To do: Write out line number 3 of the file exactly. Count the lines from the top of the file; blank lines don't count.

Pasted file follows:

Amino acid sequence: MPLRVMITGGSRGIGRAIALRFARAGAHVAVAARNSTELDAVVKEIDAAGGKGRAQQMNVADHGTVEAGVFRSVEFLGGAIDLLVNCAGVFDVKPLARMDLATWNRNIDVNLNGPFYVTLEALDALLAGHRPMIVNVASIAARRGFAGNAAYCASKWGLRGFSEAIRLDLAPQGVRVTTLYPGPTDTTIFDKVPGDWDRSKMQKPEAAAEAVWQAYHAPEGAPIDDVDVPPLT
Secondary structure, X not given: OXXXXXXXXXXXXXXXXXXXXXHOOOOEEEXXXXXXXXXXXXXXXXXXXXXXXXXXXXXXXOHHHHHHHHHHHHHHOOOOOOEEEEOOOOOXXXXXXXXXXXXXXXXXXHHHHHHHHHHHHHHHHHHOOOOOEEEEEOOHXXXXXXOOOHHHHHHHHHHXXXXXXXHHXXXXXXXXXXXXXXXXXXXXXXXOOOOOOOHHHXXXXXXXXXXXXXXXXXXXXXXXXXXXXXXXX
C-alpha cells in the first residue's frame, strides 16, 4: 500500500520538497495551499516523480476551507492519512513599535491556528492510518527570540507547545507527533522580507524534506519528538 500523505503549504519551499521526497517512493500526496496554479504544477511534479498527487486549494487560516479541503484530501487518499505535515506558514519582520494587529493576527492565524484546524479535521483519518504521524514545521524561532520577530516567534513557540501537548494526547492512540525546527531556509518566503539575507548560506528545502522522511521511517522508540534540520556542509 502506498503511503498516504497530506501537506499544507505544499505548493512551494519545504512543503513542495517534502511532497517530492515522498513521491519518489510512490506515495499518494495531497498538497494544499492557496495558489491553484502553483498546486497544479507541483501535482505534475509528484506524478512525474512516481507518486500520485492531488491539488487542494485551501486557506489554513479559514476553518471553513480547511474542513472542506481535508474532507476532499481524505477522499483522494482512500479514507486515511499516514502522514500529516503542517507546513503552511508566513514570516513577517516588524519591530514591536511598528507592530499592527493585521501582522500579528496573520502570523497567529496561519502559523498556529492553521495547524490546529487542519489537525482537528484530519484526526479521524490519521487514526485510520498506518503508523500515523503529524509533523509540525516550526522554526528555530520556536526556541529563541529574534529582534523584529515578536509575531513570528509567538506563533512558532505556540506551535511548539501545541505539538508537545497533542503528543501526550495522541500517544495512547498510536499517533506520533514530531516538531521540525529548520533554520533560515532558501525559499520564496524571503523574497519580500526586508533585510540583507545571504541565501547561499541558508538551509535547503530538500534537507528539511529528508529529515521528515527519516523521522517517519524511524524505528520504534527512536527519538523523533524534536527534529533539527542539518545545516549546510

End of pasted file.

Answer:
C-alpha cells in the first residue's frame, strides 16, 4: 500500500520538497495551499516523480476551507492519512513599535491556528492510518527570540507547545507527533522580507524534506519528538 500523505503549504519551499521526497517512493500526496496554479504544477511534479498527487486549494487560516479541503484530501487518499505535515506558514519582520494587529493576527492565524484546524479535521483519518504521524514545521524561532520577530516567534513557540501537548494526547492512540525546527531556509518566503539575507548560506528545502522522511521511517522508540534540520556542509 502506498503511503498516504497530506501537506499544507505544499505548493512551494519545504512543503513542495517534502511532497517530492515522498513521491519518489510512490506515495499518494495531497498538497494544499492557496495558489491553484502553483498546486497544479507541483501535482505534475509528484506524478512525474512516481507518486500520485492531488491539488487542494485551501486557506489554513479559514476553518471553513480547511474542513472542506481535508474532507476532499481524505477522499483522494482512500479514507486515511499516514502522514500529516503542517507546513503552511508566513514570516513577517516588524519591530514591536511598528507592530499592527493585521501582522500579528496573520502570523497567529496561519502559523498556529492553521495547524490546529487542519489537525482537528484530519484526526479521524490519521487514526485510520498506518503508523500515523503529524509533523509540525516550526522554526528555530520556536526556541529563541529574534529582534523584529515578536509575531513570528509567538506563533512558532505556540506551535511548539501545541505539538508537545497533542503528543501526550495522541500517544495512547498510536499517533506520533514530531516538531521540525529548520533554520533560515532558501525559499520564496524571503523574497519580500526586508533585510540583507545571504541565501547561499541558508538551509535547503530538500534537507528539511529528508529529515521528515527519516523521522517517519524511524524505528520504534527512536527519538523523533524534536527534529533539527542539518545545516549546510